No wonder, I saw at New Delhi concert a famous film Director Mani Shankar with closed eyes, sunk in his purple seat, lost to the world, swaying his head to what for him must have been the music of the spheres. My friend Dr. N. Nithyananda Rao was about to wake him up from his trance-like condition. But I stopped him saying “No doctor. No. No coitus interruptus please. He is in a state of orgasm and let him be.” My bone doctor-friend was understanding. God’s grace was indeed upon that film Director!
Sri Ramana Maharshi, the sage of Thiruvannamalai, was right when he says that ‘just as a King sends his Court musicians to welcome his son on his return from a long, tiresome journey, so also Nada (music) takes a devotee into Lord’s abode in a pleasing manner.’ Yes, I found the truth in this when I saw that film Director that evening and wondered why it did not happen to me.
Does not matter, but when I read what Dr. L. Subramaniam, one of the greatest violin wizards of our times, has opined about Swamiji, I was amazed. He has said of Swamiji:
“I have been a witness to some of the miracles performed by Sri Swamiji and have often found myself sitting in rapt attention as Sri Swamiji made ‘the impossible’ suddenly possible.
“I cannot imagine my life without Swamiji. There was a time in my life when I thought that I would never play the violin again. Sri Swamiji invited me to his Ashram where I stayed for six weeks and I can say that Sri Swamiji is very much responsible for my playing the violin again. Sri Swamiji spoke to me every-day and helped me understand things and put my life in a totally different perspective.”
Again that’s passion of the kind narrated in the opening paragraphs above.
Now let me conclude by narrating the legend of Pygmalion and also one from our Hindu mythology, Purana, to put in perspective the power of passion in achieving our objective. First, the Pygmalion from where I left off.
Pygmalion was passionately in love with his creation the ivory statue of Galatea as if it was alive. She looked seductive and charming to his eyes, forgetting she was just a statue. His love for Galatea was so intense and passionate, he was infatuated with it and wished the statue became alive! Opportunity came on the festival day of Aphrodite, the Goddess of love. He passionately prayed to Aphrodite:
“Please give life to my statue of Galatea. Give her life so that I can live with her happily for ever.”
Aphrodite, appreciating Pyg-malion’s passionate love, grants his prayers. Galatea, who was silent in the bosom of ivory just the previous day, comes alive in flesh and bones as a virgin beauty. Pygmalion’s passion has paid off.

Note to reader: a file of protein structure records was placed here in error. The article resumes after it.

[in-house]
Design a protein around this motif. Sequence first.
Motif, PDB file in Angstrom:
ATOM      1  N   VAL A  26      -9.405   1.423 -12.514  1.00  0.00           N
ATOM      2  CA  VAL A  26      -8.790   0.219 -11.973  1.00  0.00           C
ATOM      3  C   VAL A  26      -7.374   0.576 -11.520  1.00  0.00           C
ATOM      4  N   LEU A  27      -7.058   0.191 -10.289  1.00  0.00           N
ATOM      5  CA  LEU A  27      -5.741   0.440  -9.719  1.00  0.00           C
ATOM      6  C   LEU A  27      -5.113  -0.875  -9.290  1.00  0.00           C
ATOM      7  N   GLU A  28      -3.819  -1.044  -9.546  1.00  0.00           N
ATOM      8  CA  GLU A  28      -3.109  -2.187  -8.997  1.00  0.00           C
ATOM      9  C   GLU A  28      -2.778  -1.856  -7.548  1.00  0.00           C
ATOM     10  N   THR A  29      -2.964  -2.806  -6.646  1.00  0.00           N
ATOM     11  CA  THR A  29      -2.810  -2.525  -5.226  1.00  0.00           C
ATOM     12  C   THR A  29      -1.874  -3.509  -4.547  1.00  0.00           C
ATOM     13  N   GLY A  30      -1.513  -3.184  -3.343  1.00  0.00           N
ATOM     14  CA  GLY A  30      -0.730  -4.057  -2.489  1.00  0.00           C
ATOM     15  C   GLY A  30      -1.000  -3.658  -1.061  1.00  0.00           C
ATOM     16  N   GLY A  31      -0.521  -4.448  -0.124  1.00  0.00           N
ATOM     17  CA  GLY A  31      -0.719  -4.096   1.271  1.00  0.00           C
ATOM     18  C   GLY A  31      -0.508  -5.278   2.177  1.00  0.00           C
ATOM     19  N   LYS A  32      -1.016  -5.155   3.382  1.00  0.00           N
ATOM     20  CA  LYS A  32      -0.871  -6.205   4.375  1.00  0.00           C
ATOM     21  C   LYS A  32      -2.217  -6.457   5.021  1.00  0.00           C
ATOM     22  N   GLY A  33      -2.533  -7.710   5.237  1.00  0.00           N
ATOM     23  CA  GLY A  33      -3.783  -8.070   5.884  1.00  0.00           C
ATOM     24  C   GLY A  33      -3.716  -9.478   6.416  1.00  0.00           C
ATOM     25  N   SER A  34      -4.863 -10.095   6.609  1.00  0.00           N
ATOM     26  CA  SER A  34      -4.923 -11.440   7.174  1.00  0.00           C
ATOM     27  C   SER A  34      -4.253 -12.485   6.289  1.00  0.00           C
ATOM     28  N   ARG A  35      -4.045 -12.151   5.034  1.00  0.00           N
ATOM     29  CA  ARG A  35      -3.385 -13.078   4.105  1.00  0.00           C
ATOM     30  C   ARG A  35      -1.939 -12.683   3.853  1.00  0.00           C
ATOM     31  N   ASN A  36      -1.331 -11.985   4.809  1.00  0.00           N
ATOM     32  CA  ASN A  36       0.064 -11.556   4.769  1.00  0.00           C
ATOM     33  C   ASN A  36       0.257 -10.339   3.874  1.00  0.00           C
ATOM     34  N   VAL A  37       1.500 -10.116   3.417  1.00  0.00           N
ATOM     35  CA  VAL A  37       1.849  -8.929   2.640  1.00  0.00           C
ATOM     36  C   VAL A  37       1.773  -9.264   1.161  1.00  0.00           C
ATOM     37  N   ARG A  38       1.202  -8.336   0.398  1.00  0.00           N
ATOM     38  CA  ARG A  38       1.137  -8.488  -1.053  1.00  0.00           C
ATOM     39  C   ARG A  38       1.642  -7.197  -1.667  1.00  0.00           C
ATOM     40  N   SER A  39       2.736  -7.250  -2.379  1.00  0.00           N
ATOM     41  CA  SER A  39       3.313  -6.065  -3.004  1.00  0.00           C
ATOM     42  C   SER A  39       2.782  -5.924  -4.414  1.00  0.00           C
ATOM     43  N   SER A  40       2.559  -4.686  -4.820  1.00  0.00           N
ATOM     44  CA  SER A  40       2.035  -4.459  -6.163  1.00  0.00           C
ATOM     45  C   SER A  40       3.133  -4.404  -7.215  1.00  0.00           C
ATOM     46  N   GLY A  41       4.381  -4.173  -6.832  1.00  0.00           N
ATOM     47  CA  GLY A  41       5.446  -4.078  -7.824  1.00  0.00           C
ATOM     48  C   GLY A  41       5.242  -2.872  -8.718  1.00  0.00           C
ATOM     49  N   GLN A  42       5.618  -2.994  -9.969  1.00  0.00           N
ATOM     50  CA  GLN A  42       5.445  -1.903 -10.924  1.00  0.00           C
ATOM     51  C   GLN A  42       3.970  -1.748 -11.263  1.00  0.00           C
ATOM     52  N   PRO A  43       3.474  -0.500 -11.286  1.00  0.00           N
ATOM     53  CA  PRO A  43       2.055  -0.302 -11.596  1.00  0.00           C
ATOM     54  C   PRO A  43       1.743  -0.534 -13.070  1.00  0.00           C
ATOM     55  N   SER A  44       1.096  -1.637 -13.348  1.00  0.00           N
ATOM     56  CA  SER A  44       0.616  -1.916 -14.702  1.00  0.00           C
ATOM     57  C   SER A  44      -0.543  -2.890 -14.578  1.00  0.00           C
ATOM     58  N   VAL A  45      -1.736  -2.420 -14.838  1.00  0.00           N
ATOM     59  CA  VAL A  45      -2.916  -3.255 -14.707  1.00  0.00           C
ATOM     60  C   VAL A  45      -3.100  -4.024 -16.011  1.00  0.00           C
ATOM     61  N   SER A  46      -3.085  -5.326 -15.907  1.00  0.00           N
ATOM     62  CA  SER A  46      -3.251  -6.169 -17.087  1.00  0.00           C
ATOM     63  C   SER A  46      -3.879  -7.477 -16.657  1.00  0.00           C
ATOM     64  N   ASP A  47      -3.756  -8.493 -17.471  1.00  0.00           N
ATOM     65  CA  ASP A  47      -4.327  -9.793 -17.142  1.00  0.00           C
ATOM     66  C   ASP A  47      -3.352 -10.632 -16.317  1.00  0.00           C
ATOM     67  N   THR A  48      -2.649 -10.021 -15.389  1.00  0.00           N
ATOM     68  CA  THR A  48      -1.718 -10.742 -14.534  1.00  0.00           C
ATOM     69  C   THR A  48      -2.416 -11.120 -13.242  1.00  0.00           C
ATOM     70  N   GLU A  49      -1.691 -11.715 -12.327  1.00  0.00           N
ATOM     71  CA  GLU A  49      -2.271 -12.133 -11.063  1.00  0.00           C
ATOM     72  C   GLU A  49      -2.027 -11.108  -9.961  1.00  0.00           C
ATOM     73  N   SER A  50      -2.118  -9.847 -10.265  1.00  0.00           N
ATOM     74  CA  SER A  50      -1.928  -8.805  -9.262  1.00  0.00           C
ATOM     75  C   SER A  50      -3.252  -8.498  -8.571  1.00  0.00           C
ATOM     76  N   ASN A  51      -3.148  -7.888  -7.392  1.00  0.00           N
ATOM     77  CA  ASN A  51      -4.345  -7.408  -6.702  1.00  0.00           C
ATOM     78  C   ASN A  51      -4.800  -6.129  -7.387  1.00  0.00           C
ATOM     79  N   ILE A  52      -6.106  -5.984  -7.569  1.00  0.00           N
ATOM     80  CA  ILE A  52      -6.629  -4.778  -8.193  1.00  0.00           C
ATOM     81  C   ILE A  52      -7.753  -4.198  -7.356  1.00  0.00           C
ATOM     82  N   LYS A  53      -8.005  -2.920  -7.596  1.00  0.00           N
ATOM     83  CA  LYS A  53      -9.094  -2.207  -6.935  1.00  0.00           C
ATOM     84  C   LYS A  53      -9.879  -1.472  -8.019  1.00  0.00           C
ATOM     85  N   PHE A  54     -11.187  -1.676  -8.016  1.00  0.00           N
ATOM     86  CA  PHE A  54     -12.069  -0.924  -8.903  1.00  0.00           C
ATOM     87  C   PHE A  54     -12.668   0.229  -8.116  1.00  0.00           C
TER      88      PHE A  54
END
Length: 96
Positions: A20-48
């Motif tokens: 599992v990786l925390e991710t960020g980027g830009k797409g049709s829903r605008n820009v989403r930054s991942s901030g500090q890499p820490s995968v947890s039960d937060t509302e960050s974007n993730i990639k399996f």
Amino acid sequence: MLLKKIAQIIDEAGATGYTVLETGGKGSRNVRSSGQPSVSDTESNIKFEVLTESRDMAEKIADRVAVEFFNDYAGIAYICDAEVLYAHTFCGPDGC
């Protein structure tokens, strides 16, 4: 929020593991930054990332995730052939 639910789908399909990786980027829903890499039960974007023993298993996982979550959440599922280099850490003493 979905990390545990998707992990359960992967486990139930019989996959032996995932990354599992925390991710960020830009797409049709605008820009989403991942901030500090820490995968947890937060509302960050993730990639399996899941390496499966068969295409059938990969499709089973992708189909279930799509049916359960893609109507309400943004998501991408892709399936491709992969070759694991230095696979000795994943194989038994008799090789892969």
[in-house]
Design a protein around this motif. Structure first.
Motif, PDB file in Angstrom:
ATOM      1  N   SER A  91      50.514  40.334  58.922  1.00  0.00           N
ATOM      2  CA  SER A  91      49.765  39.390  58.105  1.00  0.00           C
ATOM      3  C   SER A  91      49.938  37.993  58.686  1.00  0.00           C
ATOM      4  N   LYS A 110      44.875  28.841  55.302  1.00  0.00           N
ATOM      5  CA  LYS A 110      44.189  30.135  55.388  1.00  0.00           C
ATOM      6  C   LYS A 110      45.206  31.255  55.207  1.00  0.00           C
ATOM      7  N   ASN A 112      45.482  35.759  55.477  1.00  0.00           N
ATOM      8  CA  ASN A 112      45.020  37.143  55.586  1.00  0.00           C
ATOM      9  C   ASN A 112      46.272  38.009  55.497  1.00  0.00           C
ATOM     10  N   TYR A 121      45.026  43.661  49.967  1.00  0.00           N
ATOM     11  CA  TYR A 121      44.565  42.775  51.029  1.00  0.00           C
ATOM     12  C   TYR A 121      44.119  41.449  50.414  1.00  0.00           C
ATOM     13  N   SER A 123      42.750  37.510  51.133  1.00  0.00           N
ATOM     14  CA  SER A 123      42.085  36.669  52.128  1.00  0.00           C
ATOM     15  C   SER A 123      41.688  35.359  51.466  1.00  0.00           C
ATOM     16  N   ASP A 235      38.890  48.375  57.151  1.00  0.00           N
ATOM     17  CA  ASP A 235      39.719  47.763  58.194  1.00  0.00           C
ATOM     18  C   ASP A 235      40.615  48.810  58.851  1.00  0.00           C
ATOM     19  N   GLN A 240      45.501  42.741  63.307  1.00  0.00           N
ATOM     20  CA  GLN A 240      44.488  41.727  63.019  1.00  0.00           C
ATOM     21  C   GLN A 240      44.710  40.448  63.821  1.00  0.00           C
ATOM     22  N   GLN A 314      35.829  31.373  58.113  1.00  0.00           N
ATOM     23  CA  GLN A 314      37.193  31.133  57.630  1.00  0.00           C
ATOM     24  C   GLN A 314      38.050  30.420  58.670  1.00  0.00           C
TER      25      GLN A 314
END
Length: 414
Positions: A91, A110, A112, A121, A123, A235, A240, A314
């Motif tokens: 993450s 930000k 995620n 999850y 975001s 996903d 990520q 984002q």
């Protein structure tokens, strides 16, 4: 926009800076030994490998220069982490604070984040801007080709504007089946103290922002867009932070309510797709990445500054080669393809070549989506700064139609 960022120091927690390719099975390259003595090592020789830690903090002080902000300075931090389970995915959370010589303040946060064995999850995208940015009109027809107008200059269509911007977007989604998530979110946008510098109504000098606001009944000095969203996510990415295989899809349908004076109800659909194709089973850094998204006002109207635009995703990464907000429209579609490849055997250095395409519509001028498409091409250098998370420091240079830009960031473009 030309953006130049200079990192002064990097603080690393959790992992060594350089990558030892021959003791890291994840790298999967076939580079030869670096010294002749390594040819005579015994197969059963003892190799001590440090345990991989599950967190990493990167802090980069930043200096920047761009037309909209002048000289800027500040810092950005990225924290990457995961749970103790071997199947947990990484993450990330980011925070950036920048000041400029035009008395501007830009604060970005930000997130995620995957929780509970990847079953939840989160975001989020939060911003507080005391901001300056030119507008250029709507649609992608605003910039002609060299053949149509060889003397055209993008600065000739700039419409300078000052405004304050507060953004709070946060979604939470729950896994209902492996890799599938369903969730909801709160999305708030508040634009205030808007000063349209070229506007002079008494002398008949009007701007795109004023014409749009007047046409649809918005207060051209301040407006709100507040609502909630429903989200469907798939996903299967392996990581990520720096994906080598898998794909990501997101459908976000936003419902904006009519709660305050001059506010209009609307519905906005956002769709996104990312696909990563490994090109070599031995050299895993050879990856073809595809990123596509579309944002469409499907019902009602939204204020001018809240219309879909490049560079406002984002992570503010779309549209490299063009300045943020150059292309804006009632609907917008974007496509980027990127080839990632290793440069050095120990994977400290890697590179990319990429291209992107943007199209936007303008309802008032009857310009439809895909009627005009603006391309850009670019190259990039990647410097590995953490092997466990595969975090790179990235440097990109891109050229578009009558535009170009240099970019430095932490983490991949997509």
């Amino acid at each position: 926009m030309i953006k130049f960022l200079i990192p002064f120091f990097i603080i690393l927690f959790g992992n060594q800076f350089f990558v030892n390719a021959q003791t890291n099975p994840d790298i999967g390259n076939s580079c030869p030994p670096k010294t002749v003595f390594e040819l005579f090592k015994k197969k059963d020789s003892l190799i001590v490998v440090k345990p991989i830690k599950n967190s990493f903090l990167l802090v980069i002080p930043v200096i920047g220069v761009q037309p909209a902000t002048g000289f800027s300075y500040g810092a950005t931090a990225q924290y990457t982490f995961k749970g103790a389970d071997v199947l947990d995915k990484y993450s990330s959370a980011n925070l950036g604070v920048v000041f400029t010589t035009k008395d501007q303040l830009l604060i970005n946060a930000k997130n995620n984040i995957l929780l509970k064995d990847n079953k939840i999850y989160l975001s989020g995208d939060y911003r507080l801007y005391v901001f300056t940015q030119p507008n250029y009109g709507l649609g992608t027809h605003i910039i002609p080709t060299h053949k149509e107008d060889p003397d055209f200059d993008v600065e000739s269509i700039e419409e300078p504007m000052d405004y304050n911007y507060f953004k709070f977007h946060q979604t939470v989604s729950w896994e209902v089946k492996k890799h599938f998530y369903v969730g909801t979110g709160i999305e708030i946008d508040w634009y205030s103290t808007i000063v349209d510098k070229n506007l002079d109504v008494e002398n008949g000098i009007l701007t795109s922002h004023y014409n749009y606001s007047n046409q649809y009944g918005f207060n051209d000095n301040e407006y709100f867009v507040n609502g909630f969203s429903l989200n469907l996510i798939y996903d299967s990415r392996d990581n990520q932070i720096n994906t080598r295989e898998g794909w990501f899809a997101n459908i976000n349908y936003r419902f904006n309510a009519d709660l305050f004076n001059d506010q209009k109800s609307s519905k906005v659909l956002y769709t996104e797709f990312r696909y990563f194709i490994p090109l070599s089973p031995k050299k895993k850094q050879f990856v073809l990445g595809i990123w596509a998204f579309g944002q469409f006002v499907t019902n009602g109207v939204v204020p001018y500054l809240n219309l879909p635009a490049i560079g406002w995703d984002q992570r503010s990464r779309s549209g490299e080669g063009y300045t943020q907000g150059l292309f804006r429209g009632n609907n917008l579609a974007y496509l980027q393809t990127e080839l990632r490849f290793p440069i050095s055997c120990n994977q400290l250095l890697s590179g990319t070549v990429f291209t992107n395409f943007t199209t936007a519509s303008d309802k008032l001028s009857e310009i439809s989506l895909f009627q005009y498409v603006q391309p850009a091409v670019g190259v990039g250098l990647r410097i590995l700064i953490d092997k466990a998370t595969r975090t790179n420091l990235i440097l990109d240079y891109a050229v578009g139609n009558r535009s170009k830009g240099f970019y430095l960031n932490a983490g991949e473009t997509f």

Similarly, in Hindu mythology there is a story about a bhakta’s (devotee’s) passion for his Lord.
“A great devotee (bhakta) had prayed passionately for many years to Siva to give him darshan, the divine appearance. Nothing happened. One day, fearing that he may not live long, the devotee decided that he would no longer repose his faith upon Siva, but turn to Vishnu, who he had heard was kinder.
So, he moved the idol of Siva kept on the altar to one side and in its place kept the statue of Vishnu. He did not have the heart to throw away the Siva statue, because in his heart of hearts he still was a passionate bhakta of Siva. He lit incense in front of the Vishnu statue as he started his worship.
He found to his annoyance that the incense smoke was going towards the Siva statue instead of Vishnu. He got up and pinched the nose of Siva saying, ‘This is not for you. I don’t pray to you any more.’
Instantly there was manifestation of Siva and the bhakta had His darshan. He broke down and cried, ‘Oh Lord! For years I worshipped you passionately as per tradition. You never appeared. Now, I cast you away. Worse, I insulted you by pinching your nose. Still, you appeared. Why?’
Siva said, ‘It is only now that you really felt me as reality. You felt it so strongly, that you pinched my nose so passionately as if it was real. Till now, I was only an idol to you’.”
It was passionate love in the case of Pygmalion, it was passionate devotion in the case of the Siva bhakta. The moral is: You can attain what you dream of, what you desire if your dream is passionate, your desire is passionate, so passionate that it is unconditional and sans an iota of doubt. Yes. It was not a statue for Pygmalion, so also to Siva bhakta it was not a life-less idol. What was tho-ught to be unreal, becomes real if you are passionate about your desire.